It’s Easter – the telephone has stopped ringing, the emails are drying up and the meetings don‘t start again for a day or two. Time to catch up on all that REE news that we might have overlooked in our daily rush.
First, breaking news. Bloomberg is reporting that Australia’s Lynas Corp (ASX:LYC) will be barred from importing REE into Malaysia pending a month-long investigation into the health and safety implications of the processing plant being built by Lynas in the South-east Asia nation. However, Lynas can continue construction work on its $US220 million plant in Pahang state. Industry minister Mustapa Mohamed was quoted by the agency saying Malaysia would not compromise on the issues of health and safety. There have been protests in the state over fears the plant could leak radiation.
Dateline: Nebraska. The Lincoln Journal-Star reports that Quantum Rare Earth Developments Corp (TSX.V:QRE) now has a drill rig on site at its Elk Creek niobium-REE project. The paper said the company was seeking, through initial drilling, to determine the boundaries of the ore deposit. Quantum acquired the project in May 2010 after buying a private Nebraskan company, Elk Creek Resources Corp, which had an option over Elk Creek. The ground has a historic, non-compliant result of 105 drill holes indicating 39.4 million tonnes at 0.82 per cent niobium. Previous drill holes have also intercepted REE lanthanides. Some news reports started with the fact that the area has not been drilled for 25 years. The development also attracted the attention of station KHAS-TV and the Associated Press, both reports concentrating on the fact that the US imports all its niobium, having not produced significant amounts since the 1950s. (Quantum also owns the Laverton REE project in Australia located just 45km from Lynas Corp’s Mt Weld mine.)
From Vancouver, Canadian International Minerals Inc (TSX.V:CIN) says it’s starting exploration on five of its properties, some of which have REE targets. At the Carbo niobium-REE project in British Columbia, 8okm northeast of Prince George, nine potential drill targets have been defined with geochemistry indicating barium and europium with praseodymium and lanthanum also present at one prospect. At Deadhorse Creek, the company will be following historic excavations done in 1986 by Unocal (Molycorp’s predecessor) to target zirconium, hafnium and REE. At Prairie Lake, field work has located multiple occurrences of alkaline rock with what the company says are significant REE values.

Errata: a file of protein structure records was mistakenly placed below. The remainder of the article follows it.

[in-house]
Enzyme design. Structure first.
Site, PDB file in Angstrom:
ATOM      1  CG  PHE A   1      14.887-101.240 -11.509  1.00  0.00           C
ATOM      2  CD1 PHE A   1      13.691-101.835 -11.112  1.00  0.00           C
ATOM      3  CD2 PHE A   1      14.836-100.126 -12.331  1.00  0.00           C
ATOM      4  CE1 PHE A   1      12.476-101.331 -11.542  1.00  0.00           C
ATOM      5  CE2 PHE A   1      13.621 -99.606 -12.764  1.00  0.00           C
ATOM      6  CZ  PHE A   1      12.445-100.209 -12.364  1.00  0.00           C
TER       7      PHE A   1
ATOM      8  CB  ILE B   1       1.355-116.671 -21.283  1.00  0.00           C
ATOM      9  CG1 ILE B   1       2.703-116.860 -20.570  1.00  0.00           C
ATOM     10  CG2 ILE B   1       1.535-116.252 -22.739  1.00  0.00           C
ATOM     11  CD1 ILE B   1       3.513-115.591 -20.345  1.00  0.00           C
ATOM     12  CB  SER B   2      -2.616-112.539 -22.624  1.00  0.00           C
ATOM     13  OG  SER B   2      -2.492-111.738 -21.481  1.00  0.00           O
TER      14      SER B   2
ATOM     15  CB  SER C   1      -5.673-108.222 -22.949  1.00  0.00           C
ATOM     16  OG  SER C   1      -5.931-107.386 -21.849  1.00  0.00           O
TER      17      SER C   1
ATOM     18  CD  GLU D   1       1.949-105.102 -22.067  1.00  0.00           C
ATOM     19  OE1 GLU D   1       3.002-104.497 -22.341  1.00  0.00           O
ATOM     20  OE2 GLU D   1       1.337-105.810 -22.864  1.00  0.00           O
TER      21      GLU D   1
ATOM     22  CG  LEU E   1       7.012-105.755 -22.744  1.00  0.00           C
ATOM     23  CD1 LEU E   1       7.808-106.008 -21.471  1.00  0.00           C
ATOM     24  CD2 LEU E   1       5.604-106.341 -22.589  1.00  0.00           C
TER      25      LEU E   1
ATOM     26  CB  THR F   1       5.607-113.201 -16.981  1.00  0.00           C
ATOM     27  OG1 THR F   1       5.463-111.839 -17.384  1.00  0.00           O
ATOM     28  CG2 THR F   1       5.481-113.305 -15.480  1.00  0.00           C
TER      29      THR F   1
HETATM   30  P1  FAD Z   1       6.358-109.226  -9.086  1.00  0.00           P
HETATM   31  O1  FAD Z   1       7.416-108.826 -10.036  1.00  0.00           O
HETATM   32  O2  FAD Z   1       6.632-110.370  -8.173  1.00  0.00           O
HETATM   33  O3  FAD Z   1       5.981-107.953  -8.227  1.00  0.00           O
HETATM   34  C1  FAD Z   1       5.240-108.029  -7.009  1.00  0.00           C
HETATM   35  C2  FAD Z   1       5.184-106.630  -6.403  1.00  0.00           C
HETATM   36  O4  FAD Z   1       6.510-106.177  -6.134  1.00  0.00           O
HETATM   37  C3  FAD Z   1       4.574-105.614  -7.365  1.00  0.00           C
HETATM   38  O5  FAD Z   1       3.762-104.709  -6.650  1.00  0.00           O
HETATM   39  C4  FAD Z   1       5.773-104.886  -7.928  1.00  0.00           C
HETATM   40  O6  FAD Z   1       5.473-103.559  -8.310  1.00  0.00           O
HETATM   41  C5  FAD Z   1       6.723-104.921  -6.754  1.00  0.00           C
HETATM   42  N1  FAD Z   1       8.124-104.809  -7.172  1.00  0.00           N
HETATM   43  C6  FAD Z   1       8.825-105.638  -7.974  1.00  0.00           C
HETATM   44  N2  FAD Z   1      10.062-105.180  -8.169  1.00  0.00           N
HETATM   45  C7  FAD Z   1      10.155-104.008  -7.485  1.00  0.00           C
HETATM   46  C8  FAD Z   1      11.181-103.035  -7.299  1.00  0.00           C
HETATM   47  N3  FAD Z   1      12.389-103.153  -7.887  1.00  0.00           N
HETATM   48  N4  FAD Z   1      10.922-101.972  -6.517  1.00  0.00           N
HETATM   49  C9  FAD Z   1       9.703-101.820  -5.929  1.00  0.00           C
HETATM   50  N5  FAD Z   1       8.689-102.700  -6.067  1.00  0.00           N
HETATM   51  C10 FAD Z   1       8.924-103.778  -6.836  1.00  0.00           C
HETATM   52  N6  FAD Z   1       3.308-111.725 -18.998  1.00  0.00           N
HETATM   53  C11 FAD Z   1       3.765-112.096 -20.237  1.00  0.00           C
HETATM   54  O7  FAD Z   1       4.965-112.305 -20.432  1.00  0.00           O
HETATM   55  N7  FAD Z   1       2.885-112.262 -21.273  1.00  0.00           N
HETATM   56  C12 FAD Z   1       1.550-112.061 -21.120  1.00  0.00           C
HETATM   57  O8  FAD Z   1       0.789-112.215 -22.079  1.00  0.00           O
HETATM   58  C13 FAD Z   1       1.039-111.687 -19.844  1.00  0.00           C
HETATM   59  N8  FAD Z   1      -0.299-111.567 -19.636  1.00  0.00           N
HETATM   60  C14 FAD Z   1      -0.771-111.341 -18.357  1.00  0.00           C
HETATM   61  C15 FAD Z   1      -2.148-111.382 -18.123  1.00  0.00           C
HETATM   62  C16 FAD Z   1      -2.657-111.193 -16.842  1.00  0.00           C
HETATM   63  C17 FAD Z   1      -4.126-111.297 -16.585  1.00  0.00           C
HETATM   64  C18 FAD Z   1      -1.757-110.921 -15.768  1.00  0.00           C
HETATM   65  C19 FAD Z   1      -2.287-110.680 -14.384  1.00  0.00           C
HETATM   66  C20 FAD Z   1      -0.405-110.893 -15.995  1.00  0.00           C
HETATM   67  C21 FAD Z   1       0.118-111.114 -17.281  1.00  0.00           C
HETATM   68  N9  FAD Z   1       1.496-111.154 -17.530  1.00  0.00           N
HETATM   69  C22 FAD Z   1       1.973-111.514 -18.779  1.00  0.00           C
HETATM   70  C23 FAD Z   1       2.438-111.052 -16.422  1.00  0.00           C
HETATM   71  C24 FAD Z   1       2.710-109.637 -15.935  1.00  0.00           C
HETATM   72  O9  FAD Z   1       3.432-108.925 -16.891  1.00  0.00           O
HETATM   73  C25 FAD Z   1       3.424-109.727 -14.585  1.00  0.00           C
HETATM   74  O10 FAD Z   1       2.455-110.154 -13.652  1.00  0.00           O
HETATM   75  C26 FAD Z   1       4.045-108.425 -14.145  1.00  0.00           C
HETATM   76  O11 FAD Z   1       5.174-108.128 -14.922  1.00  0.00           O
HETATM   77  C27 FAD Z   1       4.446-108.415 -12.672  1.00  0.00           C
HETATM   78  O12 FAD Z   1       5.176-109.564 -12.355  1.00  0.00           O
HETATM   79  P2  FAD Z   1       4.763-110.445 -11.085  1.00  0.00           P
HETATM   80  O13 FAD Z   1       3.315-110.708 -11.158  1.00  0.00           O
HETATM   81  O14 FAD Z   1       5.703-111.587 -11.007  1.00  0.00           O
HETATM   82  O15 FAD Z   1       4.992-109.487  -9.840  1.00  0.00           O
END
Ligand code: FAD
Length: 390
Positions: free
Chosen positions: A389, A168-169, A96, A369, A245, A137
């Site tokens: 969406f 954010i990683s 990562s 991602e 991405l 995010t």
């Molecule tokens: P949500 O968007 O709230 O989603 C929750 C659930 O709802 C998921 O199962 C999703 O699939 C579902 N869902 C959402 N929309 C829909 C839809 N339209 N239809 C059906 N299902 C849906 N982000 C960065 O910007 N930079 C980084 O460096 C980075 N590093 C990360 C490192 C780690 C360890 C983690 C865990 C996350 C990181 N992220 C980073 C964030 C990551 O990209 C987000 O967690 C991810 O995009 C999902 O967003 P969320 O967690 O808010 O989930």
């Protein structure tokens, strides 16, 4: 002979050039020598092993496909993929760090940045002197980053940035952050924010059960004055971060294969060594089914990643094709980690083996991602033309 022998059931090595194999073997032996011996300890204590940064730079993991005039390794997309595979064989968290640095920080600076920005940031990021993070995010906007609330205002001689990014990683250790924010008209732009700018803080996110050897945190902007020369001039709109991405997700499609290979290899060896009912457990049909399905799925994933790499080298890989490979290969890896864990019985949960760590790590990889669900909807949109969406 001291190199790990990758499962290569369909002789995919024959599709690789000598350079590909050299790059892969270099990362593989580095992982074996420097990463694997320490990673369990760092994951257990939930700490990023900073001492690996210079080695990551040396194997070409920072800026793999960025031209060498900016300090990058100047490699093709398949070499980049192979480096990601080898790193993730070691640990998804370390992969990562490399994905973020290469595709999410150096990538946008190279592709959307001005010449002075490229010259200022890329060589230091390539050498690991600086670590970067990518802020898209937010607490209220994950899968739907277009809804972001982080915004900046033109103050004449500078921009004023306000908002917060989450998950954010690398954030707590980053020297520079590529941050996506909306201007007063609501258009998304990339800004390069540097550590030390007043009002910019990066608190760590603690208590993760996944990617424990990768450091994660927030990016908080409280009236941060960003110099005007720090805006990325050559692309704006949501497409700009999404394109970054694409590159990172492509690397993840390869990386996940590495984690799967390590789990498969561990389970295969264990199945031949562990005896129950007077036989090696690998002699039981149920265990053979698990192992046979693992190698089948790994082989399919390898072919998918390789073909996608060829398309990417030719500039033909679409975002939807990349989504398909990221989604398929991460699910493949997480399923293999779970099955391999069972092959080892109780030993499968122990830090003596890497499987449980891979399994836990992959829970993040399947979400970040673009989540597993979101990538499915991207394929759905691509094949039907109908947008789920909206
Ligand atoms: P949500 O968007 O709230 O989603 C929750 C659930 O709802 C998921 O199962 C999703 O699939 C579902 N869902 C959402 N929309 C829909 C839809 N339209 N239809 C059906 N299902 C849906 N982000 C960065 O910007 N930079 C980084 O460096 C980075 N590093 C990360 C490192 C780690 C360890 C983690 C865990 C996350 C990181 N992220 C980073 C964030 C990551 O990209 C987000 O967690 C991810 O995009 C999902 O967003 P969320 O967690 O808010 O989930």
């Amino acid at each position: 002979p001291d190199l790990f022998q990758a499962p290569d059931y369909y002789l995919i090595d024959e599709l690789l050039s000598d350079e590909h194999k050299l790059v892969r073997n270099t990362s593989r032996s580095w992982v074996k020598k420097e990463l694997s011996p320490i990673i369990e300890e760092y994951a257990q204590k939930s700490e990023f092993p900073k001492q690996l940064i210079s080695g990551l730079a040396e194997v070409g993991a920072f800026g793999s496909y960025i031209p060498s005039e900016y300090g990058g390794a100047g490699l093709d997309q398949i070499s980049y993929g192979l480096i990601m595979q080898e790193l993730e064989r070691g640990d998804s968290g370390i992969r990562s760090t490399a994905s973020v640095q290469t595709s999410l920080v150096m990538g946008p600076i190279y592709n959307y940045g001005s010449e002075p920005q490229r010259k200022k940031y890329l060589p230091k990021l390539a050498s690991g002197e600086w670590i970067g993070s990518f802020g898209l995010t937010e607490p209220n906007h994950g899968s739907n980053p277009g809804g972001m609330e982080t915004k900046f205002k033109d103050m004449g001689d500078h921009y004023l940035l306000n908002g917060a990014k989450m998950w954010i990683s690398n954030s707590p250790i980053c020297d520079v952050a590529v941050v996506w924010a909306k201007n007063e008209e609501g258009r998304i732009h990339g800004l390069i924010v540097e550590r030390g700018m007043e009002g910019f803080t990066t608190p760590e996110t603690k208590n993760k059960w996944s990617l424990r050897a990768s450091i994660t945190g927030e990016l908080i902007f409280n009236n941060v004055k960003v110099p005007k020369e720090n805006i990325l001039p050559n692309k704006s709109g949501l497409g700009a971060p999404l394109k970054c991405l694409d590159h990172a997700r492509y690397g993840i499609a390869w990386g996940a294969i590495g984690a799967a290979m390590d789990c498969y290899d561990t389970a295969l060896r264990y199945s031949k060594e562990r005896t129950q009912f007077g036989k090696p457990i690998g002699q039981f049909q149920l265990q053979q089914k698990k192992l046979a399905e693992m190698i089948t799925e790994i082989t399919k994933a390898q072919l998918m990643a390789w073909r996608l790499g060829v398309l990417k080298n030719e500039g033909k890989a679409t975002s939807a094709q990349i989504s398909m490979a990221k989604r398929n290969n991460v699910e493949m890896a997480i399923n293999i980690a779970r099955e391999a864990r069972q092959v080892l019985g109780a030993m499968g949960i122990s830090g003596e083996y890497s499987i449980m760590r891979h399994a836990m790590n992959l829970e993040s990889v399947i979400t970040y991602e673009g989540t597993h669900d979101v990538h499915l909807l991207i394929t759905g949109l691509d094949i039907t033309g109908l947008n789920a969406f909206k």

On the Australian scene, Black Fire Minerals (ASX:BFE) says it is well advanced with technical and legal due diligence on acquiring the Longonjo REE property in Angola. As soon as those processes are completed, the company will start what it calls a substantial drilling program. Back in February, RareMetalBlog reported the Black Fire move, noting that previous exploration had identified an REE anomaly with assays peaking at 1.68 per cent lanthanum, 3.04 per cent cerium and 0.3 niobium. There is also thorium and phosphate. The anomaly covers 2km by 1.5km and is hosted in carbonatite. The new REE project is located near the town of Longonjo, 600km southeast of the capital, Luanda. It has nearby a recently recommissioned railway which runs to the port of Benguela.
At the other end of Africa, Morocco’s mining and petroleum ministry is seeking foreign mining companies interested in exploring occupied Western Sahara where airborne geophysical surveys have identified the presence of REE and uranium, according to the Paris-based newsletter Africa Mining Intelligence. The former Spanish Sahara, the sovereignty of which still a subject of dispute between Rabat and the Polisario Front which wants independence, is said by the Moroccan authorities to contain likely deposits of light rare earths.
Footnote: It is the quarterly reporting season on the Australian Securities Exchange and, by next Friday, all companies must outline their activities and progress over the three months to March 31m, along with their cash reserves. We’ll be posting any interesting disclosures as the week progresses.